“Life is like riding a bicycle. To keep your balance you must keep moving”
As we continue to navigate unprecedented periods of change, movement is inevitable be it at a global, national or organisational level. Given that mobility is fundamentally about movement, how we help employees to navigate it is vital to both individual and organisational success. Movement however has long been associated with stress because it is about change so how we set about normalising it is critical. Creating mindsets and frameworks that support individual agility and team cohesion during these periods is key if business rhythms and outcomes are to be maintained or enhanced.
Whilst mobility has long been associated with global movement, today’s business reality sees the demand for mobility much closer to home. With business merger and demerger activity and organisational and team restructures happening more frequently than ever before, employees are now expected to seamlessly move from one structure to another against a backdrop of uncertainty and complexity. The price of doing business in our capital cities continues to escalate seeing many businesses shifting operations to regional locations, in turn requiring individuals to relocate if they wish to grow their career with current employers. Internal mobility programs have taken on new importance, as employees no longer only seek to grow their careers in a linear path. Where once individuals progressed up the rungs of the corporate ladder, many of today’s employees are seeking to grow their careers by moving in different directions around an organisation. Coupled with the rise of the remote workforce, the demand for ‘mobility mindsets’ has never been higher. Building these mindsets however is no easy task as it relies on a true partnership rich in trust, commitment and transparency from both parties.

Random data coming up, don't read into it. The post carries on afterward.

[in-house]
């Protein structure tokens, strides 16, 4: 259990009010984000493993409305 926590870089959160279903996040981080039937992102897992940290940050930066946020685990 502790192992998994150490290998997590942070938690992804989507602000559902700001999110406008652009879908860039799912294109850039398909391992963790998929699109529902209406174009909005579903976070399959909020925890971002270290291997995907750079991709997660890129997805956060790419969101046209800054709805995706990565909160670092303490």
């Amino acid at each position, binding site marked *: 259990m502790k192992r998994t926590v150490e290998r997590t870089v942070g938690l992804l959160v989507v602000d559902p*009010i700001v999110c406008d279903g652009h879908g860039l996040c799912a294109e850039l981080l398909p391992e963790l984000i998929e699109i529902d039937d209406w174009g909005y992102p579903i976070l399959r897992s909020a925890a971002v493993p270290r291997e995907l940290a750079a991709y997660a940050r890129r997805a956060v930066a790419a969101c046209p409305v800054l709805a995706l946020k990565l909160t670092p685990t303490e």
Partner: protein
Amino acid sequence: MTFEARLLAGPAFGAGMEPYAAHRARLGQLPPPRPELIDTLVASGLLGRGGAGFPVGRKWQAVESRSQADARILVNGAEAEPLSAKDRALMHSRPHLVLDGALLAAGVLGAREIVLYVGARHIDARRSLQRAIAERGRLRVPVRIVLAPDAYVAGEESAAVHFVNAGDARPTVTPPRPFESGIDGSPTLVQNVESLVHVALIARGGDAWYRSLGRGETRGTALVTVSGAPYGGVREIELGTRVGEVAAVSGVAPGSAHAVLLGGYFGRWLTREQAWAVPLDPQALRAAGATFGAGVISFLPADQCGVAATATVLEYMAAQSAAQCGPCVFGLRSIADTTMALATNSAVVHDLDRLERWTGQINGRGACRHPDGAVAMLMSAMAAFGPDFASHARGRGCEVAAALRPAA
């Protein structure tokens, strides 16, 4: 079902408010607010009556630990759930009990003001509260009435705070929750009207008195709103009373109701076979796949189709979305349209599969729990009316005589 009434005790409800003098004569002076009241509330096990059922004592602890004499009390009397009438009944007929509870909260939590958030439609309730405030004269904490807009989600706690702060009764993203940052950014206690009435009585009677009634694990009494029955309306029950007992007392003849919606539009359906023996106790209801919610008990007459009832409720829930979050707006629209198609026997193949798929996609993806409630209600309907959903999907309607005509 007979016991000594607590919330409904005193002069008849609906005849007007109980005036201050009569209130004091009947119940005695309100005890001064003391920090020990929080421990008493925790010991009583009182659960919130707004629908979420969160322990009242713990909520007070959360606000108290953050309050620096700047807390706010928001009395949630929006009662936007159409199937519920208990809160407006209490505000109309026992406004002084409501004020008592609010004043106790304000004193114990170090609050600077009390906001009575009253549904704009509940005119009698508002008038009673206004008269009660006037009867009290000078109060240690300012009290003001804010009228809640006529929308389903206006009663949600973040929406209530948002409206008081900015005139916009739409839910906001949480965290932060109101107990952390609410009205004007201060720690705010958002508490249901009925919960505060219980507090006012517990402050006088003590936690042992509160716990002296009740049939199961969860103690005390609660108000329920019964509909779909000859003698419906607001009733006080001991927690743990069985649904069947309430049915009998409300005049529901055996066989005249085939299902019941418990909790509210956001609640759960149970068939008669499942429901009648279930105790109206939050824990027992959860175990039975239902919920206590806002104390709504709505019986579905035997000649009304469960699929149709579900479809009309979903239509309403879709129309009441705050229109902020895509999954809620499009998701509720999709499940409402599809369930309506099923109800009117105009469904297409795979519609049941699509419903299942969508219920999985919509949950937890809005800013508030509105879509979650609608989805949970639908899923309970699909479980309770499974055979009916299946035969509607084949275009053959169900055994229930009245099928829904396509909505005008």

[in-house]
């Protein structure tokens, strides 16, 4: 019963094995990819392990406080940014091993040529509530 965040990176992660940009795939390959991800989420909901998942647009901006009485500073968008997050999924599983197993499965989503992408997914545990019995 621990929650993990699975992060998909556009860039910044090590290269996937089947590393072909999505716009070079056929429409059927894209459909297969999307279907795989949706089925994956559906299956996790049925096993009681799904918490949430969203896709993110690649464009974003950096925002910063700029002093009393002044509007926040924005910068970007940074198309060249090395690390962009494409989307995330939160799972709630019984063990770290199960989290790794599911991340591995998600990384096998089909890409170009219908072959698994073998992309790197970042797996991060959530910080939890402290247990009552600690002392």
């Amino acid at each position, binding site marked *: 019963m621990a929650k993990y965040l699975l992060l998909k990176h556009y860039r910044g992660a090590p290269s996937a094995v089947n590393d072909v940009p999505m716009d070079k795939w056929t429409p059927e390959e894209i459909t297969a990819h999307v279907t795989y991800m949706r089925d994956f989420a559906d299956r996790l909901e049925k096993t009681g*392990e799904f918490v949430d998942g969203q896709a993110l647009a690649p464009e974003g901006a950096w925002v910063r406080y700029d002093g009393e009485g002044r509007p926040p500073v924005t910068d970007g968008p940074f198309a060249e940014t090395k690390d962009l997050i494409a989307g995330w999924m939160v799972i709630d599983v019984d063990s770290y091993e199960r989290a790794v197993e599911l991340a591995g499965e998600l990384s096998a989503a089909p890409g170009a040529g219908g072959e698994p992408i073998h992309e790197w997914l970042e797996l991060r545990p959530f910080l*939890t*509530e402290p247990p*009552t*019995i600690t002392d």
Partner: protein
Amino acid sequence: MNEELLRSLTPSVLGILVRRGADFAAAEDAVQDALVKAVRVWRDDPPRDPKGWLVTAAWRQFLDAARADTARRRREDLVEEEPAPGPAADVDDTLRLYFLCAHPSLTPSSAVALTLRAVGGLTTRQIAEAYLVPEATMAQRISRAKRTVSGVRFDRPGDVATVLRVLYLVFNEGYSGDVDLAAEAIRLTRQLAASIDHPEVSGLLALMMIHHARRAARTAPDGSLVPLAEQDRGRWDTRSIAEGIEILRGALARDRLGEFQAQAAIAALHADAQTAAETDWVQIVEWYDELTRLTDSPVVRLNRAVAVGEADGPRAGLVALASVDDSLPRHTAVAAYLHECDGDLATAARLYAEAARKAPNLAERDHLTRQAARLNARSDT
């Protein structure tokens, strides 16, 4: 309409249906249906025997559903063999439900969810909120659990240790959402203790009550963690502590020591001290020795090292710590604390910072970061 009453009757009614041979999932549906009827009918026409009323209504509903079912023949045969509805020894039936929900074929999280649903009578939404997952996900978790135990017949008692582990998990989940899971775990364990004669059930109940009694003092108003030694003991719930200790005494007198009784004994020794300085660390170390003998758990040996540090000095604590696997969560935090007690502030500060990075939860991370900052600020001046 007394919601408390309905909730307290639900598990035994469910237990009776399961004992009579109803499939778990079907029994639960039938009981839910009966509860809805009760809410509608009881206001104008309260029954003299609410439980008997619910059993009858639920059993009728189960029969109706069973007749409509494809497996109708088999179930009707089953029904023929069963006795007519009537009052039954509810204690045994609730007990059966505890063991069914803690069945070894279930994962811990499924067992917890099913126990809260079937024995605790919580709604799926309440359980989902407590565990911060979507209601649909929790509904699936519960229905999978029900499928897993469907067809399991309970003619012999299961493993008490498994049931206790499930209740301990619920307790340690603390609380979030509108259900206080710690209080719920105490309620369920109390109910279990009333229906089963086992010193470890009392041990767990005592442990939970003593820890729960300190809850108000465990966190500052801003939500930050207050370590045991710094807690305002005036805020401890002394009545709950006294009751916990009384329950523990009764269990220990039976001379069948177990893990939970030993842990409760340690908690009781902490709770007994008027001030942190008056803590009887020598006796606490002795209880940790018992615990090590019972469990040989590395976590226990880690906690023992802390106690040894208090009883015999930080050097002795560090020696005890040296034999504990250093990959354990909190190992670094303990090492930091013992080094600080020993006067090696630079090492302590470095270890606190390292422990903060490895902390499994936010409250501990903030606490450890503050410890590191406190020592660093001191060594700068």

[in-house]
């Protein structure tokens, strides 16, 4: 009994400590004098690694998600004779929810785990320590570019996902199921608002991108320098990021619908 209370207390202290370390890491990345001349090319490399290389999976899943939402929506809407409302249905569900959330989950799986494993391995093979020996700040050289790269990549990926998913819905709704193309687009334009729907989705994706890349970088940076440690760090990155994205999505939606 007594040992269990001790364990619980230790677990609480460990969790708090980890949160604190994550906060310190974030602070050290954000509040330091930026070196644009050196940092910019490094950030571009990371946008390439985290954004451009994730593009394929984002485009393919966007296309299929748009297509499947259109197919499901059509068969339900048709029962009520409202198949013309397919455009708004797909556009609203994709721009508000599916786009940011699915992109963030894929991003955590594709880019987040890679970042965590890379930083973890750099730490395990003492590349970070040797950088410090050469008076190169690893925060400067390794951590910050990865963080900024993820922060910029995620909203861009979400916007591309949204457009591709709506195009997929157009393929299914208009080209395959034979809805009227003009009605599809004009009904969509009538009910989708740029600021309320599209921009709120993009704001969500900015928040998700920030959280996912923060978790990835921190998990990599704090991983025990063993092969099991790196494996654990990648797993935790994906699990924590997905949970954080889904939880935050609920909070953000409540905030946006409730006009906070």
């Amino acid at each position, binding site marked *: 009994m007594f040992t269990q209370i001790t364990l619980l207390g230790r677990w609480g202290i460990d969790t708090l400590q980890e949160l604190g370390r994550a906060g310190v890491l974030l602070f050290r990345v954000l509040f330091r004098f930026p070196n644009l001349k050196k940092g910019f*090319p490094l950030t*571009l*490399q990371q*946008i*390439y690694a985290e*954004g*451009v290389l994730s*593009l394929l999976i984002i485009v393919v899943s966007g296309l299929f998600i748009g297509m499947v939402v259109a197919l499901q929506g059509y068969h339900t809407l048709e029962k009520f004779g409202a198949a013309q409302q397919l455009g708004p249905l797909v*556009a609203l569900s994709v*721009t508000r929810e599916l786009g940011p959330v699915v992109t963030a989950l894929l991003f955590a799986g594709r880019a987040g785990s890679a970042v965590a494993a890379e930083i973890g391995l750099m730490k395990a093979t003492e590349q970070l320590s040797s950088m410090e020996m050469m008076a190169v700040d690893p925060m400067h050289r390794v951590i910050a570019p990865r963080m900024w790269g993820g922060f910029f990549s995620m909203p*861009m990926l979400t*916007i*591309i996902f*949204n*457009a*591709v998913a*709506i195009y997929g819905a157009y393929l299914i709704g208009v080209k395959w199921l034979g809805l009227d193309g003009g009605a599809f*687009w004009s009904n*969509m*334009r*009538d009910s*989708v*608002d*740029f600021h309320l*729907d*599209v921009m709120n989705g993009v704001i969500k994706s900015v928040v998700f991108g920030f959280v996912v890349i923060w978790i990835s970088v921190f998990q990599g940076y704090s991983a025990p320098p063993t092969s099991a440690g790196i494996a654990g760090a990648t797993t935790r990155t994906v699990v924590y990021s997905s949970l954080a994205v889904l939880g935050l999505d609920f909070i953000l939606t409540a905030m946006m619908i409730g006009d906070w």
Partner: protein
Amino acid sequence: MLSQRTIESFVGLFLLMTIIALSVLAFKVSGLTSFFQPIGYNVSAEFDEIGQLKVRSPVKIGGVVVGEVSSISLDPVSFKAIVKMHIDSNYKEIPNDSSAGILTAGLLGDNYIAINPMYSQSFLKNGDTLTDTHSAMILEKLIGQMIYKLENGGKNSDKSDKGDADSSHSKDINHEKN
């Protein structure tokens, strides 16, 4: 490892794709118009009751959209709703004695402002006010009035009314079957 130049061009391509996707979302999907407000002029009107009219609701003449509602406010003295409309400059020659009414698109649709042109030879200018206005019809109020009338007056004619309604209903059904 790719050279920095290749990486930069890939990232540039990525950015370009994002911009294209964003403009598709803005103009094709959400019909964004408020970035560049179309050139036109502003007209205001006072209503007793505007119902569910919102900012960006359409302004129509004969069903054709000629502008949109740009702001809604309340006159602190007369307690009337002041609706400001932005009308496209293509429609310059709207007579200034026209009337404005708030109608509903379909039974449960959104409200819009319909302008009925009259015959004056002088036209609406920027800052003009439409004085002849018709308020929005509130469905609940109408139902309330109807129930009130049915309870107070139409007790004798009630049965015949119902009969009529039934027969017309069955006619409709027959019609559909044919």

The Four Building Blocks
In The Four Building Blocks of Change, Tessa Basford and Bill Schaninger’s discuss how positive mindsets and behaviours are built when individuals see their leaders model the skills required to navigate change; understand what is required of them; are able to apply their skills and knowledge confidently to their new role or area; and are well supported by the structures and processes for what they are being asked to move to. In asking people to let go of something familiar and more often than not appears to be working, there needs to be a high degree of belief and support to navigate the unknown, break ties and invest in the energy required to successfully move and change.
5 Tips to Building Mobility Mindsets:
- Share the vision – In asking people to move, they need to know why. When people understand why, they are more likely to embrace change, look for solutions when the inevitable challenges arise and inspire those around them by doing work they believe in.
- Make movement normal – To normalise movement, we need to talk about it and share ‘whole’ stories that highlight the successes, challenges and ways things have been overcome throughout the cycle of change and movement. Too often the stories stop once the change has been announced or someone has moved out of a team, office or location. We need to be highlighting how movement has benefited individuals and the organisation at large on a regular basis.
- Understand that movement affects everyone – Even if you’re not the one doing the moving, the subsequent changes will still carry impact. Team dynamics, roles and responsibilities, relationships and ways of working can all be significantly impacted with even slight movements.
- Make the process of movement easy and familiar: Given that people invariably move in all different directions within an organisation – up, down, sideways, in and out – the ease in which people do significantly effects efficiency, engagement and productivity. When people know what to expect, they will invariably buy into the process of moving faster and with greater ownership.
- Communicate, Communicate, Communicate: As with nearly every element of business success, communication is the key. Unexpected movement can all too see individuals and teams being blindsided and on the back foot, whereas individuals, teams and organisations that are ‘in the picture’ are better equipped and motivated to deliver on what is required.